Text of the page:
Year 2_Week 10 – 11
We had to go round four ATM’s this morning before we found one that either worked, had money in it, or accepted a foreign VISA card. But at least we now had enough cash for fuel and for the border crossing. At most crossings there are a few shady characters hanging around to change your currencies for you – usually they’re appalling exchange rates, and today was no exception. But with no large towns on the horizon we felt we had no choice. So, we eventually got into Zambia, which didn’t look much different from the last 4 countries, but which was very lovely nonetheless.
Had a long’ish day to get to the capital, Lusaka – the roads are occasionally pot-holed and bumpy, so we couldn’t really get any decent speed up. And rather than get lost in the middle of the city decided to stay on the outskirts. But we found a quiet motel-cum-lodge which had an OK restaurant, so we were happy. The temperatures have certainly reduced now, so it’s fairly pleasant riding at about 22 degrees, and OK when we stop too.
We decided to stay a few days in Livingstone, so found ourselves a reasonable campsite with a bar right on the Zambezi River. But this wasn’t the highlight – we caught a taxi, and lo and behold we were at Victoria Falls. What an incredible sight – we got thoroughly soaked but it was just amazing. Definitely “the thunder that roars”.
Victoria Falls, Zambia side.
We had a few miles to do to get to the next border. And this one also involved a pontoon ferry crossing, to get into Botswana. The roads were pretty good, and one of the first things we saw was three large elephants crossing – not surprisingly we gave way to them. Yet another incredible sight.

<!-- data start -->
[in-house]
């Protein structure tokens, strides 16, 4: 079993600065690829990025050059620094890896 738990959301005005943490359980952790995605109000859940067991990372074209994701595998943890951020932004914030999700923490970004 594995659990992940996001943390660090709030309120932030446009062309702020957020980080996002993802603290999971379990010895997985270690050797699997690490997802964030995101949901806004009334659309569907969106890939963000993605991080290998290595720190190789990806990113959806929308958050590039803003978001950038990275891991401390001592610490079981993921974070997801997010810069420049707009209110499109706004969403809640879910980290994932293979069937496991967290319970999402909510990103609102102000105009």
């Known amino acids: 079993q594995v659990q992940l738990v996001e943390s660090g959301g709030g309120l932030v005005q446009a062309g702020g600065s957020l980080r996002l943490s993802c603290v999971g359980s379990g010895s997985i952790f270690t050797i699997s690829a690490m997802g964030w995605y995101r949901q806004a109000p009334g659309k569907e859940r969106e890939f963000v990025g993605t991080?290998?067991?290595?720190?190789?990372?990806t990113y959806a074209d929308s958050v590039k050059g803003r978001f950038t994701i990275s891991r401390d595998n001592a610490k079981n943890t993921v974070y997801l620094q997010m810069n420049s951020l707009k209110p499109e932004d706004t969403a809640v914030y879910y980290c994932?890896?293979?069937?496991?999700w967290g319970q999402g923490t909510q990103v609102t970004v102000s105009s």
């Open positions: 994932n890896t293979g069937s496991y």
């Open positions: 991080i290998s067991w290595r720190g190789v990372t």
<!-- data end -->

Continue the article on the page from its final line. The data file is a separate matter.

No barriers in sight.
There seems to have been an outbreak of foot-and-mouth disease in South Africa, so every so often there are police barriers and agriculture inspectors making you drive through sheep-dips and asking you to get out any other shoes, so that they can be swabbed as well. And dance on a piece of soaked sacking.
The road was OK to begin with, and then it was “under construction” - for the next 160km. So that was a lot of fun. But the biggest surprise was how many Mercedes, Audi and BMW cars there are – I hadn’t expected to see luxury cars until we got to South Africa. Botswana is definitely more affluent than the other countries we’ve seen so far.
Some people at the campsite came over and invited us for coffee before we left this morning. They were originally from North Rhodesia but were forced to leave when there was a ‘redistribution of wealth’. They were lovely people, and forced us to take some of their homemade rusks for breakfast, which were very welcome.
Guess where, Botswana.
And to our final border crossing – to South Africa. The place was almost deserted, but still took around an hour to sort out our paperwork. The roads were excellent (apart from the detour in Mafeking where the detour signs ran out and we couldn’t get back to the main road). The most surprising thing is that the rural areas resemble outback Australia – even the colonial-style single storey houses are the same. This is their winter, and the temperature has definitely dropped – we even had to put back in our Goretex liners.
Different scenery and skies, SA.
Stopped at a place called Jeffrey’s Bay, which is a well-known surfing spot apparently. We found a motel opposite the beach, and decided to stay a few days, since it’s got Internet access, and we need to try and arrange our shipping back to England. The original plan was to ride back up the west side of Africa, but we’ve curtailed the trip to stop at Cape Town now, just because it seems the right thing to do. It seems like ages since we last saw the sea – this one is the Indian Ocean, and it means we’ve travelled from the north of the continent to the south, which is good enough for us.
The Indian Ocean.
Posted by Sheila Oldfield at May 13, 2011 09:28 AM GMT